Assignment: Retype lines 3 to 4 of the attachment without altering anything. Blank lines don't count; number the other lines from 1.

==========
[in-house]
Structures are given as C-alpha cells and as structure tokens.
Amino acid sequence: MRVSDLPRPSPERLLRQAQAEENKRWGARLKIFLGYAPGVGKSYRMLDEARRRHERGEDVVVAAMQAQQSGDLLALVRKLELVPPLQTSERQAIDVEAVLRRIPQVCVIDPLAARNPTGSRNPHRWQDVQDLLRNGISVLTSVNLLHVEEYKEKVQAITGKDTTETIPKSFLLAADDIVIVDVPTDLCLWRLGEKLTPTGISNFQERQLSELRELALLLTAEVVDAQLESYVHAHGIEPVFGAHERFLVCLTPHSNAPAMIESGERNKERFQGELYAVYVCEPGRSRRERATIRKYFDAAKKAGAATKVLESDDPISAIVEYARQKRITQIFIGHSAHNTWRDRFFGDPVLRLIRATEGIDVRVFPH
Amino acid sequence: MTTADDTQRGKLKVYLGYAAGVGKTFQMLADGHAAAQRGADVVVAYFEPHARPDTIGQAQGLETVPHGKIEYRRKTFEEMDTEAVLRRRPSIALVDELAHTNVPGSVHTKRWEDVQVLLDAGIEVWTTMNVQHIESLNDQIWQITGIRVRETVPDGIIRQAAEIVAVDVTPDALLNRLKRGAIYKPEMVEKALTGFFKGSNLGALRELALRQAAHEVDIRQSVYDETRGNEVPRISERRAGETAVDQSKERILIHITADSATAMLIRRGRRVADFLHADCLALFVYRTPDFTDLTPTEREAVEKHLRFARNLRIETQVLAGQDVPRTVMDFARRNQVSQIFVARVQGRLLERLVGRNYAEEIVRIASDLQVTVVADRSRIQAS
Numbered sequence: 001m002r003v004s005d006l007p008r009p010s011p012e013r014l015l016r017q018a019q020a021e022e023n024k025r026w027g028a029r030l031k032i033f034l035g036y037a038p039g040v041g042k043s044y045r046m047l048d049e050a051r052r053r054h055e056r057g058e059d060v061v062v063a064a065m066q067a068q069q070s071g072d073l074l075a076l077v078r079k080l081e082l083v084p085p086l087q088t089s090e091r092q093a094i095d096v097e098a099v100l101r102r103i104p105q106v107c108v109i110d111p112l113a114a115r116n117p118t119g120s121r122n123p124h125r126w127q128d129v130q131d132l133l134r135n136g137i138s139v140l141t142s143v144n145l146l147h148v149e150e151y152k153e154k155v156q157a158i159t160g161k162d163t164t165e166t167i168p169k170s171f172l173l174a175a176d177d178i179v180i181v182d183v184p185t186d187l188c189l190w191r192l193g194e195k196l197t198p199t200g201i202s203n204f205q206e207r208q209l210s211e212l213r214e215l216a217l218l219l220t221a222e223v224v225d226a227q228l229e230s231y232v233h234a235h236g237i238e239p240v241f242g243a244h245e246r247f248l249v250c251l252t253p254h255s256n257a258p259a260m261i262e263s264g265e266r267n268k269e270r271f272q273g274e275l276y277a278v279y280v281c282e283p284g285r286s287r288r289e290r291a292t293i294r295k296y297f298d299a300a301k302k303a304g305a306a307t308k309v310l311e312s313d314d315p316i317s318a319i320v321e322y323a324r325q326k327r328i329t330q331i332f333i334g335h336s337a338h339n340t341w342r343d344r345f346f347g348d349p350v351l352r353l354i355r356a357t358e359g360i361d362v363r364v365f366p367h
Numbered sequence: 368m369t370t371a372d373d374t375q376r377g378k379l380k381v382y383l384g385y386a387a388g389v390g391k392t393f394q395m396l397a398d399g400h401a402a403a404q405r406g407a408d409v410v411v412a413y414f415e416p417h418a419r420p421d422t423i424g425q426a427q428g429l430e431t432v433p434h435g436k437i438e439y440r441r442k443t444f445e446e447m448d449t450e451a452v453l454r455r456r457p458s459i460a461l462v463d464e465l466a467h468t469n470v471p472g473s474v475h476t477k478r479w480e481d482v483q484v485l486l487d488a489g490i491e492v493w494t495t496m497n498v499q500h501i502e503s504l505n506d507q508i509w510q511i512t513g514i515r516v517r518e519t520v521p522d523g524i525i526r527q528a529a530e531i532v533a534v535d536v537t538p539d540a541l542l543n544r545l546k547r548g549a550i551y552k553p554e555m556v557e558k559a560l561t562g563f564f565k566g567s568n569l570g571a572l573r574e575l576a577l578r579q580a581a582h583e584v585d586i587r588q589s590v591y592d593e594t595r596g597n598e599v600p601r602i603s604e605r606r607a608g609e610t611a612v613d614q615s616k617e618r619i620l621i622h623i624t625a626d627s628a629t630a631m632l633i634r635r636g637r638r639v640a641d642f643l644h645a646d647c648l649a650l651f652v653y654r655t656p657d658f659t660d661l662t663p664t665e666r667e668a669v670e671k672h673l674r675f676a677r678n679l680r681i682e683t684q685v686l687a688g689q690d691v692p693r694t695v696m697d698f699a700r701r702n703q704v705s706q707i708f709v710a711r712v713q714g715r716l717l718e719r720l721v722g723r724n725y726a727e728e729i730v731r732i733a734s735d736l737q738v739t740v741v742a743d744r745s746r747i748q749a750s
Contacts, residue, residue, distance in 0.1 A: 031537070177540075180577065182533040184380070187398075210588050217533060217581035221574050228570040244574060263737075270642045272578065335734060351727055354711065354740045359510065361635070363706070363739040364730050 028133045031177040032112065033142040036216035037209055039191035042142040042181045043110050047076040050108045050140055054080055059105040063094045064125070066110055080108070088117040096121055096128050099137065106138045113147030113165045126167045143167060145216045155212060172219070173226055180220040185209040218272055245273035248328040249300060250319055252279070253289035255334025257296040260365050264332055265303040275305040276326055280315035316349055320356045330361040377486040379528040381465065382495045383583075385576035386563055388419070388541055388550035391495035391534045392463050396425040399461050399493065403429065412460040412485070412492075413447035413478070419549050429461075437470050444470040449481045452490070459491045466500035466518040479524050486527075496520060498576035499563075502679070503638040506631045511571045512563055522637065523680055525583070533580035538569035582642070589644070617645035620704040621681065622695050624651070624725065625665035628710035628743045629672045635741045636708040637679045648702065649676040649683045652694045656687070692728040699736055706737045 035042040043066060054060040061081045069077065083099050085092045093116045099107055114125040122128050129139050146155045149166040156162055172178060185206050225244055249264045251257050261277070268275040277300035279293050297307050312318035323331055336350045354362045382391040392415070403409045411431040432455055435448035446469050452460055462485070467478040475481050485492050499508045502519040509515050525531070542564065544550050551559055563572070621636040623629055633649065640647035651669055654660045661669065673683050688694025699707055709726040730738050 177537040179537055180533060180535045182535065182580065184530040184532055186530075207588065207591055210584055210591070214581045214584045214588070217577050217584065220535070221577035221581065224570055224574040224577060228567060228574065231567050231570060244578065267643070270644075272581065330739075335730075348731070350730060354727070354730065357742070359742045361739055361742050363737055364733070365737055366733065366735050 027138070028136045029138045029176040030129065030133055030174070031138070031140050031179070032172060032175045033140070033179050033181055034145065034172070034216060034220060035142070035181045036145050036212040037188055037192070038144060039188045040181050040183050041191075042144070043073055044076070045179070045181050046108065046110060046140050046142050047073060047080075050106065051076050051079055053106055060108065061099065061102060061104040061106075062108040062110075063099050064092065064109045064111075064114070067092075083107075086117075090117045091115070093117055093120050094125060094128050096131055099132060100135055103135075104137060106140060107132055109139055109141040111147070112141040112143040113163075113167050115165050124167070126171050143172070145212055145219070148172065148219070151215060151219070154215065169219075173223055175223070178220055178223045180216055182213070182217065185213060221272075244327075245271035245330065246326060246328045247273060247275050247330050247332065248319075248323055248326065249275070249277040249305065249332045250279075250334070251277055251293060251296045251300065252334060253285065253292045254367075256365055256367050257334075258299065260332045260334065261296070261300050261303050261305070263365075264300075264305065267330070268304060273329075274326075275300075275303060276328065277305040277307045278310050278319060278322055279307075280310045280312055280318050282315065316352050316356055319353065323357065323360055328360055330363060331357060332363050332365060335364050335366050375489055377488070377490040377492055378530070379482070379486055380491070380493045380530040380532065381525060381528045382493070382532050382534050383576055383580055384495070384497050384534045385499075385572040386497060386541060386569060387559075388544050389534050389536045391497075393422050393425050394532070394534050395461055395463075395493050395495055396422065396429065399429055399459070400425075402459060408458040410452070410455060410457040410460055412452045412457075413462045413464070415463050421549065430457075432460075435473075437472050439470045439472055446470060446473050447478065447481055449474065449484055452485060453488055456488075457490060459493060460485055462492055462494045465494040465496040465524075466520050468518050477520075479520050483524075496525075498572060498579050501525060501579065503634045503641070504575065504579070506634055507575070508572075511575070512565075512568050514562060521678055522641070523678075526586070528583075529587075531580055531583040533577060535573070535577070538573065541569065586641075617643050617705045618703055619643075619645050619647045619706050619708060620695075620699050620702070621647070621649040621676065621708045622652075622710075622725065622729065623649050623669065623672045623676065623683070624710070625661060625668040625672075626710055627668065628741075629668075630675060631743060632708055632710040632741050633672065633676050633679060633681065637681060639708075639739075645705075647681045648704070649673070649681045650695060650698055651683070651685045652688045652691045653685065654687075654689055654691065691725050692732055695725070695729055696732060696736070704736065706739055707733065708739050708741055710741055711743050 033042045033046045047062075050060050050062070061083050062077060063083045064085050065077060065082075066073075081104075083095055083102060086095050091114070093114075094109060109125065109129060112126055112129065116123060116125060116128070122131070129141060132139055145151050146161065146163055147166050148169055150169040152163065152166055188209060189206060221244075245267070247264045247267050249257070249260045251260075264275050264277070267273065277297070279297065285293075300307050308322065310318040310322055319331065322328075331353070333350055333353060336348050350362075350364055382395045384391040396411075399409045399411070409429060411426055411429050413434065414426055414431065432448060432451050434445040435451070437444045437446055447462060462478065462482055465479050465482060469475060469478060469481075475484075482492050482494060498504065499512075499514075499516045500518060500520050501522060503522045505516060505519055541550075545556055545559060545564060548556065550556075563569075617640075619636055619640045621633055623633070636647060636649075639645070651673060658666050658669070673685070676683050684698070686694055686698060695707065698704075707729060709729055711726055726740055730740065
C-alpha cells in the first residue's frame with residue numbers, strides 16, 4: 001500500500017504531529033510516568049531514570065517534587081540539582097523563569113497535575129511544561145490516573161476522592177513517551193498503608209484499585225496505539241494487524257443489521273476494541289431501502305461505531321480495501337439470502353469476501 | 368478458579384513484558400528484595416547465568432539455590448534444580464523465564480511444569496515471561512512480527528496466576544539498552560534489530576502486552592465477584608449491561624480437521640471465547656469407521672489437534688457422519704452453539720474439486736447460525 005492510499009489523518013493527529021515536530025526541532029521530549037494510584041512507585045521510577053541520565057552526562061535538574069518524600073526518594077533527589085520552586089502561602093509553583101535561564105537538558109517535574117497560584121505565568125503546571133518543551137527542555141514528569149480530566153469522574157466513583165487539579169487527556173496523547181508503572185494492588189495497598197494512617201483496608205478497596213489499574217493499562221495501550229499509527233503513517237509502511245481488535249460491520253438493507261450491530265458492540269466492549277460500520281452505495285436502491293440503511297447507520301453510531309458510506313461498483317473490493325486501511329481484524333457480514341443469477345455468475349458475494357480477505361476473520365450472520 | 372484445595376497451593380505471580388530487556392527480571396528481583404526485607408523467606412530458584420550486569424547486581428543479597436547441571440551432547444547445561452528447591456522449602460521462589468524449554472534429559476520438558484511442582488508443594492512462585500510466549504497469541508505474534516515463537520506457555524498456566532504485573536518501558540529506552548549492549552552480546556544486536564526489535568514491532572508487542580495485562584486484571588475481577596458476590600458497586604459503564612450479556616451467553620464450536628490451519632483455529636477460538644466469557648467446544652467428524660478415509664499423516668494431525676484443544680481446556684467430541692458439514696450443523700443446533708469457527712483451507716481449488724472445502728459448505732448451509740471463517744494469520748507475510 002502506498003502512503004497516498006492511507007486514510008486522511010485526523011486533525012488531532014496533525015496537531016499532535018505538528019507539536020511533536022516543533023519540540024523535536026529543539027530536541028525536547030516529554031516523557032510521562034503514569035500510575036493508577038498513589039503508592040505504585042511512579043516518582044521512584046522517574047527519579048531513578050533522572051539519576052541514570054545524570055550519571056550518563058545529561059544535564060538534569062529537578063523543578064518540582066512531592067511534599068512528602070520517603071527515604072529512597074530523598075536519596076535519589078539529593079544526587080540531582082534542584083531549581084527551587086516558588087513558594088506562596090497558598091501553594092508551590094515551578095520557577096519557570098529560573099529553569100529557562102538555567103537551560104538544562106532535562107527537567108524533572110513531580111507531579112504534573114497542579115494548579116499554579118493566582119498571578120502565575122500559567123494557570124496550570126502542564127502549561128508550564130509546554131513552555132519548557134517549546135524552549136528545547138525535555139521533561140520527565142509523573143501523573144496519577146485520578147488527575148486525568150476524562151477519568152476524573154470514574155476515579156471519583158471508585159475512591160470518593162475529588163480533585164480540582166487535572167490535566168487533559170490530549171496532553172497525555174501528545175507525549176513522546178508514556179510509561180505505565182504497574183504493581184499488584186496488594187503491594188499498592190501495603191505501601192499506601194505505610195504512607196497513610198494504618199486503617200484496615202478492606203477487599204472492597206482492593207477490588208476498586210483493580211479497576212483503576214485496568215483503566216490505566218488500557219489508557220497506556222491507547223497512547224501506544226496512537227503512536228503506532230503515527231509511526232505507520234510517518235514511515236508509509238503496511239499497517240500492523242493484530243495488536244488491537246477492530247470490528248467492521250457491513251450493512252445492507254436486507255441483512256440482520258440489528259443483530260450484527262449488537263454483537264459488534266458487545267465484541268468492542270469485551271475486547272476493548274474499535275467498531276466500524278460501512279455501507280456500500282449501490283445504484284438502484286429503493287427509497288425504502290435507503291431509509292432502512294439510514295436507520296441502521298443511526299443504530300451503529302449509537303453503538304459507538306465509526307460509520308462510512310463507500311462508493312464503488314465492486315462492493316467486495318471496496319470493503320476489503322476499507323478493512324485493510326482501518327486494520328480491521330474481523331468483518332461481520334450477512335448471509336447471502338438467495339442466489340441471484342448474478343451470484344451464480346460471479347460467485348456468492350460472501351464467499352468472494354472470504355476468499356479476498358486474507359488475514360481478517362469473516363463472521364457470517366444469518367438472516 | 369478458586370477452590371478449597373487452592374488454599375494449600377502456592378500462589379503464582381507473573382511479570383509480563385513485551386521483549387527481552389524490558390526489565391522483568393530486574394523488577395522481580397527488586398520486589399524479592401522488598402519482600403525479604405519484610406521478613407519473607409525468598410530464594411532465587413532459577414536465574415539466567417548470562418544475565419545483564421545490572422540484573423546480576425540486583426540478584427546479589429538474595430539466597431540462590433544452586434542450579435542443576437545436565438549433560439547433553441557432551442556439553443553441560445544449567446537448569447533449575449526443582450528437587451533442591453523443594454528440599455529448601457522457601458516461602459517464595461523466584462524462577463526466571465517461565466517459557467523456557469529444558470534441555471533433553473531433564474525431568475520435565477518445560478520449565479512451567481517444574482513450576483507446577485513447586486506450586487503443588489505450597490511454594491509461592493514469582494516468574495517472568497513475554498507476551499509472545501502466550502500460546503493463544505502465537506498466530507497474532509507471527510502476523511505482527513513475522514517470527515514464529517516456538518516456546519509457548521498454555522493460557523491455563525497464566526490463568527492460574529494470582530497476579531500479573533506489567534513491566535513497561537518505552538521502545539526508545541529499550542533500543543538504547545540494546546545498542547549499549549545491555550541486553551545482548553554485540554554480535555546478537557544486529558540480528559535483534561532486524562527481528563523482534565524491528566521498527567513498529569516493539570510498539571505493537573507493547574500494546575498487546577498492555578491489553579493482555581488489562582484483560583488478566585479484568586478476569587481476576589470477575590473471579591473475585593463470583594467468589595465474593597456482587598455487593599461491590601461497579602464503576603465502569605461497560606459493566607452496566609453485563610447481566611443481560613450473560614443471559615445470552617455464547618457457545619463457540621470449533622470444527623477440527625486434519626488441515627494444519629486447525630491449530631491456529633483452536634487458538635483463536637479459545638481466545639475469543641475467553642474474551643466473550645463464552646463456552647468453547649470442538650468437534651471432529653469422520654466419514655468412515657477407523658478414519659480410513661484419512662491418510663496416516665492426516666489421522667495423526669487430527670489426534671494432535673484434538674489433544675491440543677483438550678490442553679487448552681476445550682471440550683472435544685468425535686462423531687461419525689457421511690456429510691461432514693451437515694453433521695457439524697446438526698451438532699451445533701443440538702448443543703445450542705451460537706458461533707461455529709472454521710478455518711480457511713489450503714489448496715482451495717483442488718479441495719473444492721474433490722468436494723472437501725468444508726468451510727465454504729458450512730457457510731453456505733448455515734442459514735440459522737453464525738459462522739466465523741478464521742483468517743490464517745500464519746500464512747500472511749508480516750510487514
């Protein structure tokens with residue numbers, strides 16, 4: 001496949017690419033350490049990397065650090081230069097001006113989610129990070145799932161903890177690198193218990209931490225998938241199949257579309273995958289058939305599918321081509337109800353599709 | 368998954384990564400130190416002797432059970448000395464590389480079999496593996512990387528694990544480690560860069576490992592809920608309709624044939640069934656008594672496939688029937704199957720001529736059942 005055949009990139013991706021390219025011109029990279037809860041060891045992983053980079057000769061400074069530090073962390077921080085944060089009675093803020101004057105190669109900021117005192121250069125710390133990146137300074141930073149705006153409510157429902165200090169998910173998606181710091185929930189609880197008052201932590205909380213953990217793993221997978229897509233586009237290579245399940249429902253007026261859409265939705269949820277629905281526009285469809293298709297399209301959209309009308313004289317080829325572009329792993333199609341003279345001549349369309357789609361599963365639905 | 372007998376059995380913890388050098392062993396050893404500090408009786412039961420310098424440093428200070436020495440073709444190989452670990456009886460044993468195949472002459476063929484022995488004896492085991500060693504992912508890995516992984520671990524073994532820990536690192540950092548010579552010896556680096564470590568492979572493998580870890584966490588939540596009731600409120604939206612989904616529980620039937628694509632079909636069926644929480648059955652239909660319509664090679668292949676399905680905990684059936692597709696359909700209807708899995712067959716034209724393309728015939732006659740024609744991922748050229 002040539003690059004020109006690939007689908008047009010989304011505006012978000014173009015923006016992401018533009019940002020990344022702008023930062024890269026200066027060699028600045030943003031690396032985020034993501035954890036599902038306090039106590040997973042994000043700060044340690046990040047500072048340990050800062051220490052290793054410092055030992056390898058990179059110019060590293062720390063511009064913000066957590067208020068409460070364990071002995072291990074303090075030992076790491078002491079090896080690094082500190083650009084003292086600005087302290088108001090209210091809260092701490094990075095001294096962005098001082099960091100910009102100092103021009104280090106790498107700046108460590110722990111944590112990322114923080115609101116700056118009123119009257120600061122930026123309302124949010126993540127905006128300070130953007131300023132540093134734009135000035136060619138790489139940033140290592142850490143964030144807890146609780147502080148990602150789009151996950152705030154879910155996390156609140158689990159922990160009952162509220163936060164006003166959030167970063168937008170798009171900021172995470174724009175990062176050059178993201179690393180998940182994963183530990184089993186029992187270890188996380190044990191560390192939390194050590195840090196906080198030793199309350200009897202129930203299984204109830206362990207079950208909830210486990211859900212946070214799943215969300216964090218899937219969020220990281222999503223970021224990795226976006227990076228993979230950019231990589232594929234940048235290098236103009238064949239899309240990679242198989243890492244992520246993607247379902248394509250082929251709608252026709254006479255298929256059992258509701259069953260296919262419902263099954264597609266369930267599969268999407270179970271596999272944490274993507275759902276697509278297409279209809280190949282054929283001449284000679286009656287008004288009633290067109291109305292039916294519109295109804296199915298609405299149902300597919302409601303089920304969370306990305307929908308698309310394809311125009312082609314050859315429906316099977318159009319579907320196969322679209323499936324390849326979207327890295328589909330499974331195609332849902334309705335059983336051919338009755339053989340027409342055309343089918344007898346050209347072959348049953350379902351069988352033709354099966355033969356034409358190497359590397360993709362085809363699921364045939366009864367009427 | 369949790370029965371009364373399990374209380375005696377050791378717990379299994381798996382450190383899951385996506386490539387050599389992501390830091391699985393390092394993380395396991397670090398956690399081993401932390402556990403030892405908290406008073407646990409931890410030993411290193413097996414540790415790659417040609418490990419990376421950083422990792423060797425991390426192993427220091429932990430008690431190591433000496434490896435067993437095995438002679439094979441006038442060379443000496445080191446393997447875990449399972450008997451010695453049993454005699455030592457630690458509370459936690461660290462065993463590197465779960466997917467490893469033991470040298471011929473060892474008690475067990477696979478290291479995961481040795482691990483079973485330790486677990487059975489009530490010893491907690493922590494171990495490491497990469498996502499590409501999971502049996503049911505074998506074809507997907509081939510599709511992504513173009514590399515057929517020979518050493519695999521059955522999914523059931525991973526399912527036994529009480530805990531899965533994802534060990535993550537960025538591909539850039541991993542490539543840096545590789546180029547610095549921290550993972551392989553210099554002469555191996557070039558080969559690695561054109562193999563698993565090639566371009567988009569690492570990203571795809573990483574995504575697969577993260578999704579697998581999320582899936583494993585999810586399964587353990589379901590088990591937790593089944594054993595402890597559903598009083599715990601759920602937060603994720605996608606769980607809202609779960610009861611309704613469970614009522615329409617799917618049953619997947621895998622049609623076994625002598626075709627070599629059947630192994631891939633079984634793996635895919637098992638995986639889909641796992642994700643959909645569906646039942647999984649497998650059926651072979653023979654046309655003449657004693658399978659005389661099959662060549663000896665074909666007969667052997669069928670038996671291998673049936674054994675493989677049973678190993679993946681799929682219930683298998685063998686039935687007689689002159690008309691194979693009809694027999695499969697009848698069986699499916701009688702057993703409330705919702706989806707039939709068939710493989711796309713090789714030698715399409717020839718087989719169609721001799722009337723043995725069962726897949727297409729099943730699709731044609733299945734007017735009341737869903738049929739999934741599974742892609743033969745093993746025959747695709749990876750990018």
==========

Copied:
Amino acid sequence: MRVSDLPRPSPERLLRQAQAEENKRWGARLKIFLGYAPGVGKSYRMLDEARRRHERGEDVVVAAMQAQQSGDLLALVRKLELVPPLQTSERQAIDVEAVLRRIPQVCVIDPLAARNPTGSRNPHRWQDVQDLLRNGISVLTSVNLLHVEEYKEKVQAITGKDTTETIPKSFLLAADDIVIVDVPTDLCLWRLGEKLTPTGISNFQERQLSELRELALLLTAEVVDAQLESYVHAHGIEPVFGAHERFLVCLTPHSNAPAMIESGERNKERFQGELYAVYVCEPGRSRRERATIRKYFDAAKKAGAATKVLESDDPISAIVEYARQKRITQIFIGHSAHNTWRDRFFGDPVLRLIRATEGIDVRVFPH
Amino acid sequence: MTTADDTQRGKLKVYLGYAAGVGKTFQMLADGHAAAQRGADVVVAYFEPHARPDTIGQAQGLETVPHGKIEYRRKTFEEMDTEAVLRRRPSIALVDELAHTNVPGSVHTKRWEDVQVLLDAGIEVWTTMNVQHIESLNDQIWQITGIRVRETVPDGIIRQAAEIVAVDVTPDALLNRLKRGAIYKPEMVEKALTGFFKGSNLGALRELALRQAAHEVDIRQSVYDETRGNEVPRISERRAGETAVDQSKERILIHITADSATAMLIRRGRRVADFLHADCLALFVYRTPDFTDLTPTEREAVEKHLRFARNLRIETQVLAGQDVPRTVMDFARRNQVSQIFVARVQGRLLERLVGRNYAEEIVRIASDLQVTVVADRSRIQAS